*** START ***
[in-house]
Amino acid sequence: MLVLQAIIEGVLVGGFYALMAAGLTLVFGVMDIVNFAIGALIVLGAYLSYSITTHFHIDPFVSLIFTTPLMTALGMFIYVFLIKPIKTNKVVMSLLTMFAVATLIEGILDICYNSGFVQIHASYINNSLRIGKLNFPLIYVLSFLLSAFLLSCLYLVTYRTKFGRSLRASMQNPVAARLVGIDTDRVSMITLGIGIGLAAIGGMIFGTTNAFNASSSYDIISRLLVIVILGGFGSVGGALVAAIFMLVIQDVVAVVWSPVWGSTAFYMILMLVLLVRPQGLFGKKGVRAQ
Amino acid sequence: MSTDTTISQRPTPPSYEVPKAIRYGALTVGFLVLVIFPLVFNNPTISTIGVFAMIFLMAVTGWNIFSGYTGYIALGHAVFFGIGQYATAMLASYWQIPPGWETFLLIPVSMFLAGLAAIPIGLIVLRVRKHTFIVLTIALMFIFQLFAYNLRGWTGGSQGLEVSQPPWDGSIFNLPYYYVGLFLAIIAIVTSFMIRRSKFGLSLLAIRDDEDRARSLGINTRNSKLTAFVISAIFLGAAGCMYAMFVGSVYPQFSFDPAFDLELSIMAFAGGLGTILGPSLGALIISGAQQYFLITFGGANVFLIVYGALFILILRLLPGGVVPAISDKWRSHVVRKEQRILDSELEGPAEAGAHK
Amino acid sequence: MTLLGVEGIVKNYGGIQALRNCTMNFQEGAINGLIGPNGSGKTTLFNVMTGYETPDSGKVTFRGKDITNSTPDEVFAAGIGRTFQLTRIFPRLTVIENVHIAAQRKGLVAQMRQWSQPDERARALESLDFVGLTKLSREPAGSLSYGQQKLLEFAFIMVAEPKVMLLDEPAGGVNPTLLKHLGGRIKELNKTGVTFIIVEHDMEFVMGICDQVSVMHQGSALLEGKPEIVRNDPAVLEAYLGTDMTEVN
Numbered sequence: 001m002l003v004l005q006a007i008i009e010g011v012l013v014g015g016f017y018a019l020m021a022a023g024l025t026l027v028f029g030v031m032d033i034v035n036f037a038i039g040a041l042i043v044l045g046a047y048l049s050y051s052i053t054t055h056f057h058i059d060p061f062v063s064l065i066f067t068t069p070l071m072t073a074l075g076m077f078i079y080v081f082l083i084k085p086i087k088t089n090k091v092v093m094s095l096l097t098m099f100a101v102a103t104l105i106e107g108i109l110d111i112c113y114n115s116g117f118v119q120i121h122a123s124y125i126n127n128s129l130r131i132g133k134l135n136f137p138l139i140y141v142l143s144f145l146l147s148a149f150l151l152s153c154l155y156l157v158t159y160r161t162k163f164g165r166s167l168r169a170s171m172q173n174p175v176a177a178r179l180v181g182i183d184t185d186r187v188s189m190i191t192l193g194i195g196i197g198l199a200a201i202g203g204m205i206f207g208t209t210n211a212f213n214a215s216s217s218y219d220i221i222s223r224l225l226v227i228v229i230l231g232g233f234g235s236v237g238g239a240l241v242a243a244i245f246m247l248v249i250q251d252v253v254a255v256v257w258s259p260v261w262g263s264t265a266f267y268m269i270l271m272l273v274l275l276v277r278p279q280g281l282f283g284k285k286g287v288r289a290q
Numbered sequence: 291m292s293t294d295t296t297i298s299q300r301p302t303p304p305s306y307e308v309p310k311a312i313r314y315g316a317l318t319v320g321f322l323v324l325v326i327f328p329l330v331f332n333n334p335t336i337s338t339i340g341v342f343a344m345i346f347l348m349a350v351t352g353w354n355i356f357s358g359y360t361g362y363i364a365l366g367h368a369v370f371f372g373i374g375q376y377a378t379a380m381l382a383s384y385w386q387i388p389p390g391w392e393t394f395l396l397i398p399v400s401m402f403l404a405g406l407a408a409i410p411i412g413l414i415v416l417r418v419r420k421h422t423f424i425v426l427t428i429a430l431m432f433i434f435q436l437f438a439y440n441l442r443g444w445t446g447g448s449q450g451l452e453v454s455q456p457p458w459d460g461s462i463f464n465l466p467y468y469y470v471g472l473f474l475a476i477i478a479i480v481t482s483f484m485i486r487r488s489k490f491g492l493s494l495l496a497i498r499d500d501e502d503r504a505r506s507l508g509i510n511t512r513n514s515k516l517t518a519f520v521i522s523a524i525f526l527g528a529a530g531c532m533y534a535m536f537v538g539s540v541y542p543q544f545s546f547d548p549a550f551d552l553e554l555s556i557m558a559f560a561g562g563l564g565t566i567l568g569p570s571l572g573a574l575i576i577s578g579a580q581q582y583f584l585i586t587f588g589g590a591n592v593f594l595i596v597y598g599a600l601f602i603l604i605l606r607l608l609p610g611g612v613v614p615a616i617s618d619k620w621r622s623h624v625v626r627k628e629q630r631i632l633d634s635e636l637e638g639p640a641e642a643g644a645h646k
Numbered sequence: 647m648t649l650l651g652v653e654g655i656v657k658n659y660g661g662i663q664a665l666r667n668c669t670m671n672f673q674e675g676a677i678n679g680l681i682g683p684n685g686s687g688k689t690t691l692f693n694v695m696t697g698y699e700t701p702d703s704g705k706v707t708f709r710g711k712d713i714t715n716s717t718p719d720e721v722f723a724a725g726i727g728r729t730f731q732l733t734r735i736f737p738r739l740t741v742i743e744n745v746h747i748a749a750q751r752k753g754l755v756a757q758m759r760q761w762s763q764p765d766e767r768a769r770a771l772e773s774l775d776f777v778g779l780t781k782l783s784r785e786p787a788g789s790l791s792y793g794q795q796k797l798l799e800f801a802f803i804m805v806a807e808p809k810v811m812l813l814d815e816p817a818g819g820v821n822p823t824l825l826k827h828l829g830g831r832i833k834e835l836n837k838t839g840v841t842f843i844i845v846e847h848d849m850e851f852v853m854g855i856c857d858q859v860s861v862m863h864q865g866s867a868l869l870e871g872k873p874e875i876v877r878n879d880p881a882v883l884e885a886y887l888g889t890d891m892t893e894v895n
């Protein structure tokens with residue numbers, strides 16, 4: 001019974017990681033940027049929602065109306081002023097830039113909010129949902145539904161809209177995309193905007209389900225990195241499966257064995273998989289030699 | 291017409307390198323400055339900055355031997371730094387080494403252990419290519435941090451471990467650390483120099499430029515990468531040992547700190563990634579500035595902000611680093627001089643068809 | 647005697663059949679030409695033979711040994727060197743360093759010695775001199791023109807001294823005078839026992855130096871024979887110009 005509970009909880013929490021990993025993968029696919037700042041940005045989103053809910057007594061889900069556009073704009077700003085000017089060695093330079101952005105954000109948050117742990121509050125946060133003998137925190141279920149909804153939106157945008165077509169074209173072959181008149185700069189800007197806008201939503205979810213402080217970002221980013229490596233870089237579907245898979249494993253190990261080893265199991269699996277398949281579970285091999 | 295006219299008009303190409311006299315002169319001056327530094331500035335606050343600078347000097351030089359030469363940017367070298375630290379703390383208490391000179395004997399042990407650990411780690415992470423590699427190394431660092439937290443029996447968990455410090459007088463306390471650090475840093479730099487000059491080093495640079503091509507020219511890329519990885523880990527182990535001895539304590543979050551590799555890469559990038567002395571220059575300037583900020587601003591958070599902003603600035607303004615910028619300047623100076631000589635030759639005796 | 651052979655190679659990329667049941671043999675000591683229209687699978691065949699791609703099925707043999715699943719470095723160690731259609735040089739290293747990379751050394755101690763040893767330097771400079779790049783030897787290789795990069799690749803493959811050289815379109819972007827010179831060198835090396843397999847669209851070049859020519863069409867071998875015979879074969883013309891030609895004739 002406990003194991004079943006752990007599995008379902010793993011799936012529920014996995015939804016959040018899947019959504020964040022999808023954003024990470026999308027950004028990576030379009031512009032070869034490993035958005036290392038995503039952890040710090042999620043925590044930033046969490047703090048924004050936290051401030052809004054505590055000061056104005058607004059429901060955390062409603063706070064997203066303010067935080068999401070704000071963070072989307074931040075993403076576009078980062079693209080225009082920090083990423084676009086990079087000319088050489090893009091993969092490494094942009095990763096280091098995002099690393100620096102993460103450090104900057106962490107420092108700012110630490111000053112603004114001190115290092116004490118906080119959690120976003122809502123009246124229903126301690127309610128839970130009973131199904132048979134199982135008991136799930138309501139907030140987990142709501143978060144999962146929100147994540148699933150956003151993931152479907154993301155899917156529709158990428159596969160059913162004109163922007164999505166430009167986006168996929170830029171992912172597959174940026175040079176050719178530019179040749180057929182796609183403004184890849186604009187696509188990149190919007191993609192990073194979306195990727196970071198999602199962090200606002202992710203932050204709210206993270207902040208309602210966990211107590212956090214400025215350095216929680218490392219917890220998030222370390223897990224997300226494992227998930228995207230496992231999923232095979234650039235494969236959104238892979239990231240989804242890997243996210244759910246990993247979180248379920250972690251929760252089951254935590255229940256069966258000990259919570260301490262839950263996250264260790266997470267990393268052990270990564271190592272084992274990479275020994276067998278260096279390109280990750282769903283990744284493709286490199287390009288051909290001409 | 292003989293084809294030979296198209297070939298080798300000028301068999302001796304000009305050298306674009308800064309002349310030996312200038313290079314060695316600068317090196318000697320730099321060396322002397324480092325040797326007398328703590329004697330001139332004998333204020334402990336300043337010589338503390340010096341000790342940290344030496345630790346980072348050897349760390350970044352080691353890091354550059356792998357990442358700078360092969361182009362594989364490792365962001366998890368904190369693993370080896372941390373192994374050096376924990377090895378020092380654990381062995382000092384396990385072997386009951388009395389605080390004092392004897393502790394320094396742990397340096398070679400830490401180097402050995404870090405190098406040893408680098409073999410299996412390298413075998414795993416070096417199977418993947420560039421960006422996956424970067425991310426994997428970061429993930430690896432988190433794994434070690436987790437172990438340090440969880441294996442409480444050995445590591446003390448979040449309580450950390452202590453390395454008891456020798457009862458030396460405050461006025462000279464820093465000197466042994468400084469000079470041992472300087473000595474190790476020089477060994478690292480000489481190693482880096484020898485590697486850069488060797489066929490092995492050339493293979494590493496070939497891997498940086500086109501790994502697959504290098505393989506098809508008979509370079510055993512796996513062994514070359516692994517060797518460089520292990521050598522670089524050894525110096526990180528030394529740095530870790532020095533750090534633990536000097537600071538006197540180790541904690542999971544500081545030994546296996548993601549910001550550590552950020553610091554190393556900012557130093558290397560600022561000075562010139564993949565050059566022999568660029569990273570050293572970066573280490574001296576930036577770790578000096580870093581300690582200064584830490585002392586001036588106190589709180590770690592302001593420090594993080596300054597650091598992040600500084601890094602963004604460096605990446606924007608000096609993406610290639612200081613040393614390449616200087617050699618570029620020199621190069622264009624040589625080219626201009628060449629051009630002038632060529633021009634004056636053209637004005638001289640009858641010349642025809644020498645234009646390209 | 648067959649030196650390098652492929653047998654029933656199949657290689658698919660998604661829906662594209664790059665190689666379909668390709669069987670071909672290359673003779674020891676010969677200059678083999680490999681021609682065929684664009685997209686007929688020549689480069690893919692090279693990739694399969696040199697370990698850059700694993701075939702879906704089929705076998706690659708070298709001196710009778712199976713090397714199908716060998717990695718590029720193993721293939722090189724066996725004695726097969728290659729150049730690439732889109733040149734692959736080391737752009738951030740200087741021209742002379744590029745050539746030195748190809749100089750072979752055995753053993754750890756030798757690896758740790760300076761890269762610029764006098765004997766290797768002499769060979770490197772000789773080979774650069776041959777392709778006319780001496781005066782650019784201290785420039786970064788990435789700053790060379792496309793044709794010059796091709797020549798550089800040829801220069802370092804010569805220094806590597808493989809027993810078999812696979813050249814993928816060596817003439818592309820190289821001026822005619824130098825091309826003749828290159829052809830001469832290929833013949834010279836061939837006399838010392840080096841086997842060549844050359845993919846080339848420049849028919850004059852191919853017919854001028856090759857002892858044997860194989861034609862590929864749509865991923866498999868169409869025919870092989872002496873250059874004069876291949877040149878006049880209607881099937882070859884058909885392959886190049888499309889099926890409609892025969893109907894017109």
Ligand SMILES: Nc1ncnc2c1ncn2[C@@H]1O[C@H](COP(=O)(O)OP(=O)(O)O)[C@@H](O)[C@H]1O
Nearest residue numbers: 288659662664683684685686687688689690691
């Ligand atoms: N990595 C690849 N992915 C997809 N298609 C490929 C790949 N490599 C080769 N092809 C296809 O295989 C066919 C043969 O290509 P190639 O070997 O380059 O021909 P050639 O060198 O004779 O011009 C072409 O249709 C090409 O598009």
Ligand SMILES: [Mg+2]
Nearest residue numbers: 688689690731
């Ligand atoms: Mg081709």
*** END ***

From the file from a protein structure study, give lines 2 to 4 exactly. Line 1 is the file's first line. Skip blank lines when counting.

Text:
Amino acid sequence: MLVLQAIIEGVLVGGFYALMAAGLTLVFGVMDIVNFAIGALIVLGAYLSYSITTHFHIDPFVSLIFTTPLMTALGMFIYVFLIKPIKTNKVVMSLLTMFAVATLIEGILDICYNSGFVQIHASYINNSLRIGKLNFPLIYVLSFLLSAFLLSCLYLVTYRTKFGRSLRASMQNPVAARLVGIDTDRVSMITLGIGIGLAAIGGMIFGTTNAFNASSSYDIISRLLVIVILGGFGSVGGALVAAIFMLVIQDVVAVVWSPVWGSTAFYMILMLVLLVRPQGLFGKKGVRAQ
Amino acid sequence: MSTDTTISQRPTPPSYEVPKAIRYGALTVGFLVLVIFPLVFNNPTISTIGVFAMIFLMAVTGWNIFSGYTGYIALGHAVFFGIGQYATAMLASYWQIPPGWETFLLIPVSMFLAGLAAIPIGLIVLRVRKHTFIVLTIALMFIFQLFAYNLRGWTGGSQGLEVSQPPWDGSIFNLPYYYVGLFLAIIAIVTSFMIRRSKFGLSLLAIRDDEDRARSLGINTRNSKLTAFVISAIFLGAAGCMYAMFVGSVYPQFSFDPAFDLELSIMAFAGGLGTILGPSLGALIISGAQQYFLITFGGANVFLIVYGALFILILRLLPGGVVPAISDKWRSHVVRKEQRILDSELEGPAEAGAHK
Amino acid sequence: MTLLGVEGIVKNYGGIQALRNCTMNFQEGAINGLIGPNGSGKTTLFNVMTGYETPDSGKVTFRGKDITNSTPDEVFAAGIGRTFQLTRIFPRLTVIENVHIAAQRKGLVAQMRQWSQPDERARALESLDFVGLTKLSREPAGSLSYGQQKLLEFAFIMVAEPKVMLLDEPAGGVNPTLLKHLGGRIKELNKTGVTFIIVEHDMEFVMGICDQVSVMHQGSALLEGKPEIVRNDPAVLEAYLGTDMTEVN